One of the things that Christians do is they tell other people about the God they believe in. Now I gave copies of the Bible to people if they wanted them. I wouldn’t give them away if people didn’t want them. I always tried to challenge my teammates about the concepts that Christianity extols such as eternal life, forgiveness of sins, peace with God et cetera, et cetera, because at the end of the day, we are all human beings...we still have to deal with essential questions about life. Even if you get a hundred or get out for nought, you still have to ask yourself what the heck your life matters for. I think every single human being is confronted with the question: why does my life matter at all? It’s a really interesting question to ask yourself that in this planet, with over 7 billion people, where do you fit in...how does it matter whether I am here or not...how does it matter for my posterity? Is there an afterlife? Is there hope beyond the grave? You know, these are all questions that every human being has to deal with, and if you get to the other side of life and then realize that there is indeed a Creator, you’ll consider yourself a fool if you denied His existence all through your life. So God has chosen certain ambassadors who would tell others about Him, and that’s what I did with my teammates. I still do that whenever I travel around Australia, or when I lived in England. Christian faith is very important to me. It also informs my conscience and played a very vital part in the black armband protest. So when Mugabe was doing terrible things to his own people, they needed someone to raise his/her voice on their behalf. That’s what Christianity teaches you—to care for others.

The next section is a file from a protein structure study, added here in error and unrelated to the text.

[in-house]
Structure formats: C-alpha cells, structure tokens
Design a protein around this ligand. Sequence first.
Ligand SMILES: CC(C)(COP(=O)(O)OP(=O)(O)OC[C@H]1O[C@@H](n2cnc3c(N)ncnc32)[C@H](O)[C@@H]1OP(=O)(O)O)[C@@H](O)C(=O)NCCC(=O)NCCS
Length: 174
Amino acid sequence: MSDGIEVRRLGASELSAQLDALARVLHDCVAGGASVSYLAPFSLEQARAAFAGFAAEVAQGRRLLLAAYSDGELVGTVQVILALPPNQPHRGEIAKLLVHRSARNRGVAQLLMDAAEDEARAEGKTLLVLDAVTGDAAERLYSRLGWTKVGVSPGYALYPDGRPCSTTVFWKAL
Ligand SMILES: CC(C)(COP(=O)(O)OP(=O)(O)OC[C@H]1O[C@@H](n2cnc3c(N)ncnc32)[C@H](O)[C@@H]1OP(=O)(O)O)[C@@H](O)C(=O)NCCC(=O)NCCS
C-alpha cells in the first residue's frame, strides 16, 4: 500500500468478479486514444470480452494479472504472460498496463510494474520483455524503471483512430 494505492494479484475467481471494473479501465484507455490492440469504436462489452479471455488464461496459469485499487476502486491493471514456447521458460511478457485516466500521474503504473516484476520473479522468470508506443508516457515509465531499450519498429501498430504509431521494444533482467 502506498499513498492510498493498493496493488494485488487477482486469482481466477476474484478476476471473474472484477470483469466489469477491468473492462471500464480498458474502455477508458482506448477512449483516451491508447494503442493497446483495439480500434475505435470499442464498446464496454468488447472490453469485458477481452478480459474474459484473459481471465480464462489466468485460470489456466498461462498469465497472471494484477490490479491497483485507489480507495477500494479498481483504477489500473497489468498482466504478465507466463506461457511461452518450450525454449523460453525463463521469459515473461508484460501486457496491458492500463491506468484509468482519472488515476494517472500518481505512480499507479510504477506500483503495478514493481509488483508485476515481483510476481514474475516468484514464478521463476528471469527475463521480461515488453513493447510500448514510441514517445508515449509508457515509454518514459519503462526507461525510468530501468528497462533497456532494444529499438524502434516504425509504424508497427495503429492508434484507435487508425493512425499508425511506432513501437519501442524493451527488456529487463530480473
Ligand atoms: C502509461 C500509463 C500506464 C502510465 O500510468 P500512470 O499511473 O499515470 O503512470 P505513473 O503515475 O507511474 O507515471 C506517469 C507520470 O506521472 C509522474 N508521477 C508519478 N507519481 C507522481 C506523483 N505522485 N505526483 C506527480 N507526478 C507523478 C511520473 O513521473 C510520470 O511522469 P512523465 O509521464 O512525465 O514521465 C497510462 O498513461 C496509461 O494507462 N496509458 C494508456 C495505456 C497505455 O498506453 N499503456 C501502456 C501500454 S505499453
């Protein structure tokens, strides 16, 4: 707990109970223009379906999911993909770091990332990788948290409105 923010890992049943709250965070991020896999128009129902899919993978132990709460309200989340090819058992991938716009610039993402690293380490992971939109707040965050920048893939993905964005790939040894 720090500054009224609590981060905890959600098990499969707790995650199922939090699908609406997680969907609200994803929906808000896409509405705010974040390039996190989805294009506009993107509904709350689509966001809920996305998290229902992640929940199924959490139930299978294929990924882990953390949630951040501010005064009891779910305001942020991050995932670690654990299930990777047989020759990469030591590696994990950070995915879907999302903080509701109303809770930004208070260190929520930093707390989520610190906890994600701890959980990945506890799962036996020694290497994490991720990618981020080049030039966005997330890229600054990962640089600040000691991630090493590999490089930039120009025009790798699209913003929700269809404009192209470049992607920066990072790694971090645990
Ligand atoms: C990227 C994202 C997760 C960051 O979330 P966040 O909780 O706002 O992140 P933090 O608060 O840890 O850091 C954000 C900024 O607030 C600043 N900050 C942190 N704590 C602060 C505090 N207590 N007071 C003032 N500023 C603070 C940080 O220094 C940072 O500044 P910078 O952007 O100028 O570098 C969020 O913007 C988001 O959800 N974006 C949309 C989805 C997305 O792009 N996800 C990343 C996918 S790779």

Q: Does your family still live in Zimbabwe? Do you go to Zimbabwe and meet them?
Olonga: Yes, my dad and brother Victor still live in Zimbabwe. My dad has grown very old; he is in his mid-eighties. I’ve never been back to Zimbabwe since leaving the country in 2003.
Q: What is the current state of affairs in Zimbabwe like?
Olonga: Zimbabwe is struggling at the moment. We have a new president now named Emmerson Mnangagwa. Mugabe was forced to resign, or he resigned of his own accord—whichever way you want to interpret it. Under the new president’s rule, the country is seeing hyperinflation, constant blackouts, and very poor water supply. You guys think Chennai is bad? Come and see the situation in Zimbabwe (laughs)! Mugabe has been replaced by someone who is equally bad.
Q: Are you in touch with any of the current crop of Zimbabwe cricketers?